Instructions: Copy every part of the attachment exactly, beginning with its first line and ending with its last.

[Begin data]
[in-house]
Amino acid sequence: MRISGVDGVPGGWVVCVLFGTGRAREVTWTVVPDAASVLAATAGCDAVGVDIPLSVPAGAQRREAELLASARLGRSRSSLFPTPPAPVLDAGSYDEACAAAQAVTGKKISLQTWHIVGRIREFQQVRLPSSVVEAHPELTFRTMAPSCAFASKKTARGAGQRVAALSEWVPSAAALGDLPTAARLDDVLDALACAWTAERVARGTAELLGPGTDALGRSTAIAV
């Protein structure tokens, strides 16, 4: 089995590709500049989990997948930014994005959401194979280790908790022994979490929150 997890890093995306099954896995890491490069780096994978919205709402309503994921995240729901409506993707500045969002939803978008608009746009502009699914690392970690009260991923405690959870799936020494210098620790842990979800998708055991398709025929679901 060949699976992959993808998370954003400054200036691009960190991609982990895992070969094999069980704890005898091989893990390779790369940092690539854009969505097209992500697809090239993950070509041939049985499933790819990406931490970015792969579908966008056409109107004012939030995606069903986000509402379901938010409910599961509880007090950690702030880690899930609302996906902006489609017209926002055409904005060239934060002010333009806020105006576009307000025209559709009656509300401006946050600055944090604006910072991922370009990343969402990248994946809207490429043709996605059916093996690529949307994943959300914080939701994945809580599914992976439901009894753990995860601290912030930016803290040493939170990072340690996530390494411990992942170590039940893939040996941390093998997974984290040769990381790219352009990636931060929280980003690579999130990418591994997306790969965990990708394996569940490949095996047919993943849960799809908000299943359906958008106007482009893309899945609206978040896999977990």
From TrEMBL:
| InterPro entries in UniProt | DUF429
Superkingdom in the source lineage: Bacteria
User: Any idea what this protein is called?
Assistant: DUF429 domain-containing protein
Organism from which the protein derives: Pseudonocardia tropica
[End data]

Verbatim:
[in-house]
Amino acid sequence: MRISGVDGVPGGWVVCVLFGTGRAREVTWTVVPDAASVLAATAGCDAVGVDIPLSVPAGAQRREAELLASARLGRSRSSLFPTPPAPVLDAGSYDEACAAAQAVTGKKISLQTWHIVGRIREFQQVRLPSSVVEAHPELTFRTMAPSCAFASKKTARGAGQRVAALSEWVPSAAALGDLPTAARLDDVLDALACAWTAERVARGTAELLGPGTDALGRSTAIAV
């Protein structure tokens, strides 16, 4: 089995590709500049989990997948930014994005959401194979280790908790022994979490929150 997890890093995306099954896995890491490069780096994978919205709402309503994921995240729901409506993707500045969002939803978008608009746009502009699914690392970690009260991923405690959870799936020494210098620790842990979800998708055991398709025929679901 060949699976992959993808998370954003400054200036691009960190991609982990895992070969094999069980704890005898091989893990390779790369940092690539854009969505097209992500697809090239993950070509041939049985499933790819990406931490970015792969579908966008056409109107004012939030995606069903986000509402379901938010409910599961509880007090950690702030880690899930609302996906902006489609017209926002055409904005060239934060002010333009806020105006576009307000025209559709009656509300401006946050600055944090604006910072991922370009990343969402990248994946809207490429043709996605059916093996690529949307994943959300914080939701994945809580599914992976439901009894753990995860601290912030930016803290040493939170990072340690996530390494411990992942170590039940893939040996941390093998997974984290040769990381790219352009990636931060929280980003690579999130990418591994997306790969965990990708394996569940490949095996047919993943849960799809908000299943359906958008106007482009893309899945609206978040896999977990």
From TrEMBL:
| InterPro entries in UniProt | DUF429
Superkingdom in the source lineage: Bacteria
User: Any idea what this protein is called?
Assistant: DUF429 domain-containing protein
Organism from which the protein derives: Pseudonocardia tropica